Abstract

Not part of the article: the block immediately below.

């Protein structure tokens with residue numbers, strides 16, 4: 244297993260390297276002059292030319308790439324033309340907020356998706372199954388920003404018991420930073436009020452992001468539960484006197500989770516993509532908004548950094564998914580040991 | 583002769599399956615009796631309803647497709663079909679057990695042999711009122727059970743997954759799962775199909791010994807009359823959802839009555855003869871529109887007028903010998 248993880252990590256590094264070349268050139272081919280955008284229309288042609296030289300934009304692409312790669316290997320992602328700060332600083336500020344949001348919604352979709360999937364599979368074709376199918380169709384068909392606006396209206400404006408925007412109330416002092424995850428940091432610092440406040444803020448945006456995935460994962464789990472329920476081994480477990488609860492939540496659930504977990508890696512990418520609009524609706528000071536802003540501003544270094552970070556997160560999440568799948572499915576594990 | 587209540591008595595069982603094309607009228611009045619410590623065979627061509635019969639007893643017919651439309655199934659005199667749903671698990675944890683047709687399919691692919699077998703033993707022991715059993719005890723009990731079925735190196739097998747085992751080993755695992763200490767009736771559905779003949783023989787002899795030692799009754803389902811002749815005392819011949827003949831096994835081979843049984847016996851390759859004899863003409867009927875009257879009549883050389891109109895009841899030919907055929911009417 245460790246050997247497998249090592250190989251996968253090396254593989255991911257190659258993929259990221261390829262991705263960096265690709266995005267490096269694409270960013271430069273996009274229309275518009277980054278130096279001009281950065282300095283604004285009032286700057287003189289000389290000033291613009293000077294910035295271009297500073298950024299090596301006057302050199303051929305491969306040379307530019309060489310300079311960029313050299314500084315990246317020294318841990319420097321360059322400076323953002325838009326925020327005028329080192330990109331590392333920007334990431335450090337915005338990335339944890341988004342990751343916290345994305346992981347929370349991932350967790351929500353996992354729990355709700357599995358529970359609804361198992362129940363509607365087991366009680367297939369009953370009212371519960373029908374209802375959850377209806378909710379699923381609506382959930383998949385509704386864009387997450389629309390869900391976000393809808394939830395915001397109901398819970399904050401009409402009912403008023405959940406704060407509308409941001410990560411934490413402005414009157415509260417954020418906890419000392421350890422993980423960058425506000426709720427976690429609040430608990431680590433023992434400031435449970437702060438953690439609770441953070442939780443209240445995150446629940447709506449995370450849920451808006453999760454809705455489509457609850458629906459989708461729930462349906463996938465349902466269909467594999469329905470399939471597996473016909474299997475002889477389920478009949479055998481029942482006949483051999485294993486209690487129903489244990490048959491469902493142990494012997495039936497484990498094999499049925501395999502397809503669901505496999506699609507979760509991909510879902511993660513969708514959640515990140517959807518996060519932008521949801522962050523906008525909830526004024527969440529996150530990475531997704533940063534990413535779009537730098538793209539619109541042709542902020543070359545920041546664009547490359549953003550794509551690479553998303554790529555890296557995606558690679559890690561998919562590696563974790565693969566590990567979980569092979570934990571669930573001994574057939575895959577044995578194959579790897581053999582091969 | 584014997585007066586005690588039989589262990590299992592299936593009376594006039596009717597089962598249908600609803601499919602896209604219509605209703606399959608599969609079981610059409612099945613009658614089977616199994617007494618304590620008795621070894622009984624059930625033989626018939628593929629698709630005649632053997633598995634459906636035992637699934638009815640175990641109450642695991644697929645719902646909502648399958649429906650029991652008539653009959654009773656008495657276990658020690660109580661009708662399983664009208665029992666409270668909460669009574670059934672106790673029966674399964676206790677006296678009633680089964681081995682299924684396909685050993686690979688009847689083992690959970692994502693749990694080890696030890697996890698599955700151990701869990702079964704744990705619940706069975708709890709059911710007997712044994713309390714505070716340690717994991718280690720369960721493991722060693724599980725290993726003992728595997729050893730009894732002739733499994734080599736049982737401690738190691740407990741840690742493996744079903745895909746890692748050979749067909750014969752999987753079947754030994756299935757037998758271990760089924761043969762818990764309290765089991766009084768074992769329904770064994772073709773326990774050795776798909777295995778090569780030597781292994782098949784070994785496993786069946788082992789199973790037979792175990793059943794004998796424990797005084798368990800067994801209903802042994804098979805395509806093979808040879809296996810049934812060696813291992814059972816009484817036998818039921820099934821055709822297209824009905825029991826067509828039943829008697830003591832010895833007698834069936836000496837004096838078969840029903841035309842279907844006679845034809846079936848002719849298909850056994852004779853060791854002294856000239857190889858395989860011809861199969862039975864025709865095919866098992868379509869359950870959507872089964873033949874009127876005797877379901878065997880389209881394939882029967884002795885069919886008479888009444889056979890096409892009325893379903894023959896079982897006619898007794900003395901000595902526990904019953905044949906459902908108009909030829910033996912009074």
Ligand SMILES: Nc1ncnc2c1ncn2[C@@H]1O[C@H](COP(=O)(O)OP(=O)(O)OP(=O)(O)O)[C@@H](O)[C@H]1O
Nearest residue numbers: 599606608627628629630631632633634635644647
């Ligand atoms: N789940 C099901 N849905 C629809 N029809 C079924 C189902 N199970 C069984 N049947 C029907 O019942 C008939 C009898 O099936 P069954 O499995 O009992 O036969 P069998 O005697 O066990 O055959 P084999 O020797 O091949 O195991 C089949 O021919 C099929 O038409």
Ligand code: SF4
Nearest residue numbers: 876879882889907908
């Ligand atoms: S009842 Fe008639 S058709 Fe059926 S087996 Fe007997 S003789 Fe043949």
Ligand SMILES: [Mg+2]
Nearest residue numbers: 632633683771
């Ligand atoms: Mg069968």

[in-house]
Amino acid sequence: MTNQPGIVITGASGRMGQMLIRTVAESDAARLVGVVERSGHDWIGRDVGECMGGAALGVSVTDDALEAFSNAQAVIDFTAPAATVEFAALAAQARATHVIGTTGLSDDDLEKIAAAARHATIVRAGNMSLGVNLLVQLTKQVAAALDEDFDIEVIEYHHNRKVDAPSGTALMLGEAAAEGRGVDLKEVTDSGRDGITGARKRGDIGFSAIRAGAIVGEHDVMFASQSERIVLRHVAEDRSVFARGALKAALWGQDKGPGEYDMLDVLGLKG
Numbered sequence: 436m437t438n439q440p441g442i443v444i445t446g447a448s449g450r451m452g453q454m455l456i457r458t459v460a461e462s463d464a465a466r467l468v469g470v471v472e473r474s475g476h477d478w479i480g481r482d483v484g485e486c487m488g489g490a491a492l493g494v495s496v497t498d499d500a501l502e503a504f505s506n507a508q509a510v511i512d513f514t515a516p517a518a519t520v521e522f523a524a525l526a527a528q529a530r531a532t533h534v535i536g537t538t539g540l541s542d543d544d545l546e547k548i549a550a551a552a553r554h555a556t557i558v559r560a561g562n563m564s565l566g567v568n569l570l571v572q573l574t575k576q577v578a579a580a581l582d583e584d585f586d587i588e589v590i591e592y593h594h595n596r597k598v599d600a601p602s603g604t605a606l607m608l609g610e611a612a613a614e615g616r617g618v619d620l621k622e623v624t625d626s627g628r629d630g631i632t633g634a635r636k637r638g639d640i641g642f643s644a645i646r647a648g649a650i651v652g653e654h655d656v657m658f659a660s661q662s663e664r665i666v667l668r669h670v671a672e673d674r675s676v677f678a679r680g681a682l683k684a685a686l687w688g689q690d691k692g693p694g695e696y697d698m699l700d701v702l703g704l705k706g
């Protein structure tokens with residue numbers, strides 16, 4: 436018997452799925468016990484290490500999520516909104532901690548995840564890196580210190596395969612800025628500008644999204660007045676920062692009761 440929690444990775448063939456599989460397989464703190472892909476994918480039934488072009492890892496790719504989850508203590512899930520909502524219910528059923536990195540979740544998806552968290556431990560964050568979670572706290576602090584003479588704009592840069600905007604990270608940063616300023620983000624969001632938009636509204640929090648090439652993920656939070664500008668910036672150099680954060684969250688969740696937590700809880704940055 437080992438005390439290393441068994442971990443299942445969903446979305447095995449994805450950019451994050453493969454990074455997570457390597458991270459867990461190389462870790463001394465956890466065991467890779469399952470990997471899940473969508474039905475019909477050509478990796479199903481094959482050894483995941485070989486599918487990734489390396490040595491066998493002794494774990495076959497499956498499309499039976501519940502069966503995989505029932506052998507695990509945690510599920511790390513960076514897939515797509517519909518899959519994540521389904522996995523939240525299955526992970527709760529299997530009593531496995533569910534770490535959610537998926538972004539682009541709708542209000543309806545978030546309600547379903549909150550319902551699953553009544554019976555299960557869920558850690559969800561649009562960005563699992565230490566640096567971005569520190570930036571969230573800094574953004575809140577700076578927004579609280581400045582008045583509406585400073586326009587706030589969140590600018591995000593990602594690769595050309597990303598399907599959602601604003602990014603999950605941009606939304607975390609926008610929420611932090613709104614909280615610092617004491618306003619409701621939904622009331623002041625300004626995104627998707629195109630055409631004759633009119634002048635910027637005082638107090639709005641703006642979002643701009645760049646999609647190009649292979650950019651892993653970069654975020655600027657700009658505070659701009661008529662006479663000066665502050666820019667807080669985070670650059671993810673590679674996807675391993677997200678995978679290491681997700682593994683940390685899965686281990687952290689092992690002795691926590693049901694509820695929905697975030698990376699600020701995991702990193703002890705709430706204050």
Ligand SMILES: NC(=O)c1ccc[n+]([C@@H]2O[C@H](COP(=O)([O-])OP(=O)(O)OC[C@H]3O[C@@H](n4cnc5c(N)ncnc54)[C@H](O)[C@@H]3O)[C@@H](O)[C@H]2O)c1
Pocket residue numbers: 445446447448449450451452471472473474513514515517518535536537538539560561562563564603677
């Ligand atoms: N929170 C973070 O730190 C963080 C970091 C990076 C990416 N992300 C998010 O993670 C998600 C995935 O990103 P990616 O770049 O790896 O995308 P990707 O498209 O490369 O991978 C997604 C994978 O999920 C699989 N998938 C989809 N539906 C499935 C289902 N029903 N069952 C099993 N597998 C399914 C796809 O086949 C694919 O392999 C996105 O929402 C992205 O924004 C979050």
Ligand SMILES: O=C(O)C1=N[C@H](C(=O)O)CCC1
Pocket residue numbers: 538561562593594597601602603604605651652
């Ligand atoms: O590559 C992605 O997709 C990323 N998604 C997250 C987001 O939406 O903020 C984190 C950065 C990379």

Sludge filterability in membrane bioreactors (MBRs) fluctuates and affects membrane fouling. Therefore, understanding the reasons for fluctuation of sludge filterability is important for efficient operation of MBRs. In this study, a pilot-scale MBR treating municipal wastewater was operated for about 600 days and variations of sludge filterability were continuously monitored by batch-filtration experiments using the same membranes equipped in the MBR. To investigate reasons for deterioration of sludge filterability, constituents in sludge supernatant were intensively monitored, and the correlations with sludge filterability were determined. The concentration of lipopolysaccharides (LPS) in sludge supernatant exhibited significantly higher correlation with sludge filterability than did conventional indexes (i.e. polysaccharides and proteins). Size fractions affecting MBR sludge filterability were also investigated, and it was suggested that colloidal LPS deteriorated MBR sludge filterability. Based on a long-term operation of the MBR, increase in colloidal LPS under low temperature of mixed liquor suspension was a key factor of deterioration of sludge filterability. Impact of LPS increased under low temperature should be investigated by operating bench-scale MBRs fed with synthetic wastewater under a controlled condition.

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